When children interact with loose parts, they enter a world of “what if” that promotes the type of thinking that leads to problem solving and theoretical reasoning. Loose parts enhance children’s ability to think imaginatively and see solutions… the use of loose parts is open ended and limitless!

Remote Learning- The Great Outdoors

Being outdoors has many benefits to children’s wellbeing and development. It has a positive impact on mental health as the body increases production of the feel-good hormone serotonin and reduces production of the stress hormone cortisol. Being outdoors provides lots of opportunities for physical activity, which increases muscle strength, stamina and bone density as well as reducing obesity. The NHS recommends that children under 5 years have at least 3 hours of physical activity daily. One final benefit is that spending time outdoors can lead to improved sleep.

At the moment children do not have the option of visiting their local playpark so here are just a few ideas of what you might do together outdoors…

Scavenger Hunts turn any walk into an adventure! Look for signs of spring, shapes, things that are one chosen colour, numbers (in order), make up your own list or download one from online….

 

 

 

 

 

Explore nature in the garden  Go on a minibeast hunt – look under stones, pots, logs, under plants for creepy crawlies. Use an old plastic container such as a yoghurt pot to put them in if you don’t have a bug box.

Some other ideas can be found on these websites.

https://www.wildlifetrusts.org/looking-after-yourself-and-nature

https://www.woodlandtrust.org.uk/blog/2020/03/kids-nature-activities-self-isolation/

Gardening Even if you have no seeds to plant, it’s great exercise to help tidy up the garden by weeding and digging over the soil. You might find some minibeasts to investigate as you work.

Don’t forget to plant the sunflower seeds from your Family Learning Bag. You might try growing new plants from fruit and vegetables that you have been eating – apples, potatoes and peppers are good ones to try.

Family Sports Day Everyone likes a bit of competition!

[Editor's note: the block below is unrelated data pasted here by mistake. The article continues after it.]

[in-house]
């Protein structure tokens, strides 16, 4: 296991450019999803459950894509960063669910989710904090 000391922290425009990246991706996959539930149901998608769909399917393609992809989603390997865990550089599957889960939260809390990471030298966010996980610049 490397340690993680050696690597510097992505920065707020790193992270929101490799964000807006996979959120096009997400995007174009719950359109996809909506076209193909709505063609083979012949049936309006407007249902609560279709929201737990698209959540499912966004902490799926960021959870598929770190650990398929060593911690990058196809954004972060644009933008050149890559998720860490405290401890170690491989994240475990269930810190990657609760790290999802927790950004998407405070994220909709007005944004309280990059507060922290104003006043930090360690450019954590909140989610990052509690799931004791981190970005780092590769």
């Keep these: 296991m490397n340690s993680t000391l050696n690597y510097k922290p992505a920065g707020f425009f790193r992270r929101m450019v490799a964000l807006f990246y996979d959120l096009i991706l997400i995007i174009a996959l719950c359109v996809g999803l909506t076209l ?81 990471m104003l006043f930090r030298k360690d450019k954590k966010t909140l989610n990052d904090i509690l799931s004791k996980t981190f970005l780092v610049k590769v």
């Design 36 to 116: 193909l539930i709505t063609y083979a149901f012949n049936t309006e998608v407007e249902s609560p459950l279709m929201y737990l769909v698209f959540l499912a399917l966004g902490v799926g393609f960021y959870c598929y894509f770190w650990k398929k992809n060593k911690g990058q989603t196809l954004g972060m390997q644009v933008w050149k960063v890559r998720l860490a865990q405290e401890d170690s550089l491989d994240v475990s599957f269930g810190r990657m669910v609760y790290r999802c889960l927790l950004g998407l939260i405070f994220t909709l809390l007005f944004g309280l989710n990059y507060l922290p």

Try some novelty races – ‘egg’ and spoon, balancing a beanbag (or rolled up pair of socks) on your head, penguin waddle (hold a ball between your knees), crab walking, wheelbarrow race, dressing up, shoe box slide (put empty shoe boxes on your feet)…

Make you own assault course – go under, over, along, up, down. Use whatever you have available – garden chairs, tables, slides, planks of wood, old sheets, skipping ropes. Time how long it takes for each person to complete.

Target games – who can get closest to the target? You could use a bucket as a target or make one on the ground. Throw balls, rolled up socks, wellies… Just make sure there is nothing breakable in the way.

Or you could make some skittles using tin cans or plastic bottles.

 

 

 

We hope you are inspired to have fun in the outdoors and don’t forget to share with us on Twitter @GlenwoodFC #Glenwoodlearningathome

 

Remote Learning- daily routines

Although it may be tempting to forget about routines and structures at this time, it can help children to feel safe during periods of uncertainty when there is some structure and routine. Ideas for supporting this include-

  • set times for going to bed and getting up in the morning where possible
  • build in time for fresh air and exercise
  • create a variety of activities such as games, art activities, music, play, garden activities and reading
  • make a daily plan with your child and share this with them the night before
  • limit their time on electronic devices where possible (but don’t cut yourself up if you have to use them to allow you to get things done!) Electronics can be great motivators for some children so if you have a daily plan, put electronics after the thing you want done.
  • respect each others’ privacy and give space when you can
  • take time to review the daily activities to help your child get a sense of accomplishment

In nursery, we use visuals to support children with routines and making choices and these can easily be adapted for the home. Why not draw some different images onto small cards and use to create sequence charts, choice boards, daily schedules or a weekly activity plan. Doing this together with your child will help them to develop an understanding of the choices available and the plans you have in place.

2 or 3 (or more) part sequence boards can help your child understand routines and help them see when they will be doing something.

Choice cards can be used to help your child make decisions and give them control of what they can do. Forced choices are when you present options which you have selected but your child gets the final say. For example, an apple or some grapes….. but not a biscuit! Drawing, hearing a story or playing with lego…. but no option of electronics!

This school timetable can easily be adapted to create your own weekly schedule.